This means that Arsenal have won only 65.55% of the points that would be expected in their last 6 matches.

I won’t go deeply into the maths because some people don’t like maths. The article on my website explains the maths. The link is under the video. If you are a maths person, you’’ll know how to do the calculations anyway.

You don’t really need to understand where the numbers come from. However, I will explain where the numbers come from so, that you know that these numbers have a logical basis.

### 2. Probability

On the right of the grey box with “Prob” inside, there is a list of probabilities for the Home Win, Draw and Away win.

The historical football data, that I get, contains average bookmakers’ odds.

I convert these odds into percentages and then, in order to remove the effects of the bookies overround, I scale the percentages to a total of 100.

These odds can be converted into percentages in the following way.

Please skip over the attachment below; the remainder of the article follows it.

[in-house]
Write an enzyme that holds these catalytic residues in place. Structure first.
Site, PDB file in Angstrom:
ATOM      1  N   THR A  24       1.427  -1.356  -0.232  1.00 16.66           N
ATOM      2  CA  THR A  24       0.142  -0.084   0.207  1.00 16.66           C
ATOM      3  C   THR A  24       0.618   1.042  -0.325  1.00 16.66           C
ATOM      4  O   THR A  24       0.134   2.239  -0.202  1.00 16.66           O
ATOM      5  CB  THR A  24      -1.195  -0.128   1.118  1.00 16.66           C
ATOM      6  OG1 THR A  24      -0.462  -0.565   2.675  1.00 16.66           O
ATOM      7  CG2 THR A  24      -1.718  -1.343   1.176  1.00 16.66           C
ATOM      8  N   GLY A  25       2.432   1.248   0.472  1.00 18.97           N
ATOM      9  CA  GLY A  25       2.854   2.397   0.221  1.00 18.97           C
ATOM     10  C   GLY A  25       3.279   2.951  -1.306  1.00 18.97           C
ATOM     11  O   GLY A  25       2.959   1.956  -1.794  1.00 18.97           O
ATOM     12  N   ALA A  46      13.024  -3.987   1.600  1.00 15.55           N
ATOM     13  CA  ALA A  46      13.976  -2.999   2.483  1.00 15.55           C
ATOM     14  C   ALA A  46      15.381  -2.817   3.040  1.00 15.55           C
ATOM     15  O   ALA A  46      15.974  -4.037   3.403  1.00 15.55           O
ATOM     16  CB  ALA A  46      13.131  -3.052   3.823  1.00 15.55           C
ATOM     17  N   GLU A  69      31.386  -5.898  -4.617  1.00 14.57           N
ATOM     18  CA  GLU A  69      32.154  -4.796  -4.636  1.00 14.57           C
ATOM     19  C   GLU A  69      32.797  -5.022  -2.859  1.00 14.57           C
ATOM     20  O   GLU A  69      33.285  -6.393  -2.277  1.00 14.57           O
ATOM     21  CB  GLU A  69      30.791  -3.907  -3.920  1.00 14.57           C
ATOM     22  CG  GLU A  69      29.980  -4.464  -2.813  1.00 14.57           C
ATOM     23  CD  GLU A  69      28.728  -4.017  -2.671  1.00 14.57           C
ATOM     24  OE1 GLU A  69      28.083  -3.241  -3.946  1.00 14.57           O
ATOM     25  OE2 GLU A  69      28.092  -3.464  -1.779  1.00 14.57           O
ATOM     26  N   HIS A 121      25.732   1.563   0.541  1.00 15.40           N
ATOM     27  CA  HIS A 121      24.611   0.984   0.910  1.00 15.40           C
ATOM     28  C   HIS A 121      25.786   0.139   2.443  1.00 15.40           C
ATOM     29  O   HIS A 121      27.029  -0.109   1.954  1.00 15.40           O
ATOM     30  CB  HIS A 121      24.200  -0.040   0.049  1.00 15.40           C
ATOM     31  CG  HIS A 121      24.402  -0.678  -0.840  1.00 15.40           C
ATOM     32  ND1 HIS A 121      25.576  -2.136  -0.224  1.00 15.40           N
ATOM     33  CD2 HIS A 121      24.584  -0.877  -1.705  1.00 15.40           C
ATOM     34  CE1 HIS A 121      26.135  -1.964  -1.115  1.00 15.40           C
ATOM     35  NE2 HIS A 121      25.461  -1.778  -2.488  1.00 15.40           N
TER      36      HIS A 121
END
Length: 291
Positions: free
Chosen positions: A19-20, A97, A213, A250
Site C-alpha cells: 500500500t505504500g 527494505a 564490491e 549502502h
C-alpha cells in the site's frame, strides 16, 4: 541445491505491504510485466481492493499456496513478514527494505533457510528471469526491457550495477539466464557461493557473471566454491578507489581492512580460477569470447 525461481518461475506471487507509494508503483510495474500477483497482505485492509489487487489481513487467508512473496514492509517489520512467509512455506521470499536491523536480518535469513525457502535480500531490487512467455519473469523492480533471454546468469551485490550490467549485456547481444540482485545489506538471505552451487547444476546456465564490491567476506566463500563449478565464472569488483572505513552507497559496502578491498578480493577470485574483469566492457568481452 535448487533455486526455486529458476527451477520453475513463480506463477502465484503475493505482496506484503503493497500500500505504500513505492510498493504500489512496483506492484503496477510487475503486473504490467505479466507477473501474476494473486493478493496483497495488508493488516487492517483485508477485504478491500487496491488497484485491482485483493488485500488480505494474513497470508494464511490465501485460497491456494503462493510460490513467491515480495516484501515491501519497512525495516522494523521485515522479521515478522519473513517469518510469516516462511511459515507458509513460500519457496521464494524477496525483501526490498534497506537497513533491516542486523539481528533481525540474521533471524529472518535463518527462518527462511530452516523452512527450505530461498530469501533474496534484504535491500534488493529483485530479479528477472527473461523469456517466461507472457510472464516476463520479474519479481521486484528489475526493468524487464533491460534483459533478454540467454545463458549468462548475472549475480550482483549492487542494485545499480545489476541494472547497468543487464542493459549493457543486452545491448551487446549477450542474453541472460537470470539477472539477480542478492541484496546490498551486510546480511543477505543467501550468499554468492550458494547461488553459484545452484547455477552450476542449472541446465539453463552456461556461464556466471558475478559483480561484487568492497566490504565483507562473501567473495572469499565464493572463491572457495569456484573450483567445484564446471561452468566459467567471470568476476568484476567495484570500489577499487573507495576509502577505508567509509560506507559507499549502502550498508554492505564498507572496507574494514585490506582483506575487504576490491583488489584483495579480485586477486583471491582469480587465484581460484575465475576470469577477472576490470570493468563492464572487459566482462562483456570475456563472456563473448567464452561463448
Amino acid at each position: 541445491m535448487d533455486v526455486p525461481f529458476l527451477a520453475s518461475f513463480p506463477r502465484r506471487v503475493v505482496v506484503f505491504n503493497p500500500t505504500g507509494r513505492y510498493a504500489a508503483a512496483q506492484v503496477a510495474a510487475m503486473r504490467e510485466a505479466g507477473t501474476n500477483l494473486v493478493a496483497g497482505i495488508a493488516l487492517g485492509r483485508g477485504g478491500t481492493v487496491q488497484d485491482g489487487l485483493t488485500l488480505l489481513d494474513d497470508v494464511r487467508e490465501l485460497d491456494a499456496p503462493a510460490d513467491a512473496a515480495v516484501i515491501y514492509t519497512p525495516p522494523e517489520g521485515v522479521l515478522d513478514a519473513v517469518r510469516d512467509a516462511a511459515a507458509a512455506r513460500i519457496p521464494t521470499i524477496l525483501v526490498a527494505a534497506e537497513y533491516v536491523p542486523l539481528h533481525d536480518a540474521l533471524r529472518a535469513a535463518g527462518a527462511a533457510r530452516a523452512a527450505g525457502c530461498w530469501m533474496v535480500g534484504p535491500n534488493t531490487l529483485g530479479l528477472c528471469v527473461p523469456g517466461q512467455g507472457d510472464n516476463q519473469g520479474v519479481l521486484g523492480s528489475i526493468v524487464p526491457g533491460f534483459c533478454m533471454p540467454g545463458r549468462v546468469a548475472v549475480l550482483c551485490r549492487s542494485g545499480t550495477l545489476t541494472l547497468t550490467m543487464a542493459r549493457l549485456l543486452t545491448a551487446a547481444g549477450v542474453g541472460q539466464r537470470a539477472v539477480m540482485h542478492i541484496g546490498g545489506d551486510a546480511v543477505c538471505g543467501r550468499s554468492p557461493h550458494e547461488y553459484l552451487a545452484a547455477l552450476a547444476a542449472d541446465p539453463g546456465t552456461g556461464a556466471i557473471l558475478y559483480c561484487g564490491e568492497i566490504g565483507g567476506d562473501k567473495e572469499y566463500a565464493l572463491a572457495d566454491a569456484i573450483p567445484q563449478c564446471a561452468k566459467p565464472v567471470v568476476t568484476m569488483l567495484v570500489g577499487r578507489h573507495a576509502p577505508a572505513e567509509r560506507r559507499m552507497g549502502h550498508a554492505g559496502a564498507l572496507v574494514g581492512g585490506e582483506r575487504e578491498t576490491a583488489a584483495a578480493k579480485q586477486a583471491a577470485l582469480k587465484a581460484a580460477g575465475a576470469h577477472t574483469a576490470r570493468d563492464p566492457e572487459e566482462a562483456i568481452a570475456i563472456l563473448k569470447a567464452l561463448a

You divide 100 by each of the odds. So, let’s say that you have odds of:

Home: 1.94

Draw: 3.48

Away: 4.12

You would end up with the following percentages:

Home: 100 ÷ 1.94 = 51.55%

Draw: 100 ÷ 3.48 = 28.74%

Away: 100 ÷ 4.12 = 24.27%

If we add these percentages up, we get 104.56%.

They add up to more than 100% due to the bookmakers’ overround.

So, to turn them into probabilities, that are scaled to a total of 100%, you just multiply the above probabilities by 100 and divide by 104.56.

Home: (100 x 51.55) ÷ 104.56 = 49.30%

Draw: (100 x 28.74) ÷ 104.56 = 27.49%

Away: (100 x 24.27) ÷ 104.56 = 23.21%

This adds up to 100%. These are close to the same probabilities that Everton had against Crystal Palace. The numbers aren’t exactly the same because, when I calculate this manually, I round every step of the calculation to 2 decimal points. Obviously, the calculator doesn’t do this.